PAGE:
U.K. style magazine Icon in 2005 named Kamprad the most influential taste-maker in the world, and wrote “if it wasn’t for Ikea, most people would have no access to affordable contemporary design. The company has done more to bring about an acceptance of domestic modernity than the rest of the design world combined.”
The name Ikea is made up of the founder’s initials and the first letters of the Elmtaryd farm and Agunnaryd village where he was raised. His flat-pack furniture was invented by Ikea employee Gillis Lundgren in 1956 when he tried to fit a table into the back of a car. Realizing the table was too bulky, Lundgren removed the legs. Storing and selling Billy book shelves or entire kitchens in pieces has let Ikea cut storage space and fill its trucks with more goods.
The concept of having customers pick up most of their own furniture in adjacent warehouses and transport it home for self-assembly also helped drive down costs.
Ingvar Feodor Kamprad was born March 30, 1926, near the southern Swedish town of Almhult. His father, Feodor, looked after the family farm and his mother, Berta, ran a lodging house on the property during the summer. At age 5, Kamprad started his business ventures by selling matches to his neighbors. Buying in bulk in Stockholm and selling at a premium in smaller quantities, he got his introduction to a business practice he would cherish at Ikea.
The entrepreneur, who was still attending high school in Gothenburg, moved on to fish, Christmas-tree decorations, seeds and pencils, which he sold from his bicycle. Founding Ikea in 1943, Kamprad then started marketing pens, wallets and nylon stockings in the local media, and distributed them using a milk van. He began selling furniture in 1948.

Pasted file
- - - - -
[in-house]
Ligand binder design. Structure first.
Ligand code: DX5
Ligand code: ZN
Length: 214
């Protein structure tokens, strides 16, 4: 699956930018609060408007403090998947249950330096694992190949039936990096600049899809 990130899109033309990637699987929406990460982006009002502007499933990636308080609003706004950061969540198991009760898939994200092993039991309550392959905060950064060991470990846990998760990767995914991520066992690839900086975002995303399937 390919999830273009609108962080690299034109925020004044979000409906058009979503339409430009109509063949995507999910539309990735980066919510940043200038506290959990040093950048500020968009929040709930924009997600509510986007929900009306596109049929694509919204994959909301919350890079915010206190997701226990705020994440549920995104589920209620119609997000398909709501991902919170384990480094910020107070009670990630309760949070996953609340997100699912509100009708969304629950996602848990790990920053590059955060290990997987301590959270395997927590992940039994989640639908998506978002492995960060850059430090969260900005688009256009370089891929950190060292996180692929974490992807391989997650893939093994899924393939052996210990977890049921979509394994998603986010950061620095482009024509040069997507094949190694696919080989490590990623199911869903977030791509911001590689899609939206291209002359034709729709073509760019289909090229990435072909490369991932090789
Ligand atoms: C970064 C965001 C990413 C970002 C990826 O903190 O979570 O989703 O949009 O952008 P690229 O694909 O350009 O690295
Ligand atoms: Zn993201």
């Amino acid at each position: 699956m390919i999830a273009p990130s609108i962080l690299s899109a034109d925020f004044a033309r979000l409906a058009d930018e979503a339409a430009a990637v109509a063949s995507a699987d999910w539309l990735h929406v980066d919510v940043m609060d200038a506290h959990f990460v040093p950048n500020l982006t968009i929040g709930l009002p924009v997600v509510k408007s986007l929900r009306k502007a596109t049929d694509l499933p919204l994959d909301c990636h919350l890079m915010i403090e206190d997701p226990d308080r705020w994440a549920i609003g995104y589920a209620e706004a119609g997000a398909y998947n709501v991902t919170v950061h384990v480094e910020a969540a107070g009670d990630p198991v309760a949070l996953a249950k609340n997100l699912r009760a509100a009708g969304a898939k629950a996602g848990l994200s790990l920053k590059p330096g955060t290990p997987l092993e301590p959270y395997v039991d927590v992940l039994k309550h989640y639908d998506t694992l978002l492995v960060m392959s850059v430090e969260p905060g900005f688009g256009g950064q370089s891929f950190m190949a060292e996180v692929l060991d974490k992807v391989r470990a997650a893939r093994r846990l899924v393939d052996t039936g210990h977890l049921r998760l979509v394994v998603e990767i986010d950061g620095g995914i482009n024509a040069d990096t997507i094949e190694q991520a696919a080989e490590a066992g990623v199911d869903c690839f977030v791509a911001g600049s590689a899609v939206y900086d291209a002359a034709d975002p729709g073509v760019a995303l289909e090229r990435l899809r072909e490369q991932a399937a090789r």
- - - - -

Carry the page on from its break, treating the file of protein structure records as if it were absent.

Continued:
In the 1990s, Kamprad found himself under attack when his association with a pro-Nazi group, five decades earlier, came to light. Kamprad apologized to Ikea employees, saying his membership was the “greatest mistake of his life.”
Ikea opened its first store in Almhult, Sweden, in 1958.
Kamprad stepped down as CEO in the late 1980s. He continued to wield power as an adviser to the holding company, and he designed an ownership structure to ensure Ikea’s future survival and independence. An Ikea employee magazine in 2012 revealed that his three sons had been given more active roles at the closely held company. In 2013, he relinquished his role as chairman of Inter Ikea Group.
“Since 1988 Ingvar Kamprad did not have an operational role within Ikea but he continued to contribute to the business in the role of senior advisor, sharing his knowledge and energy with the Ikea co-workers,” the company said on Sunday.
Kamprad ”was a great entrepreneur of the typical southern Swedish kind — hardworking and stubborn, with a lot of warmth and a playful twinkle in his eye,” Ikea said in the statement. ”He worked until the very end of his life, staying true to his own motto that most things remain to be done.”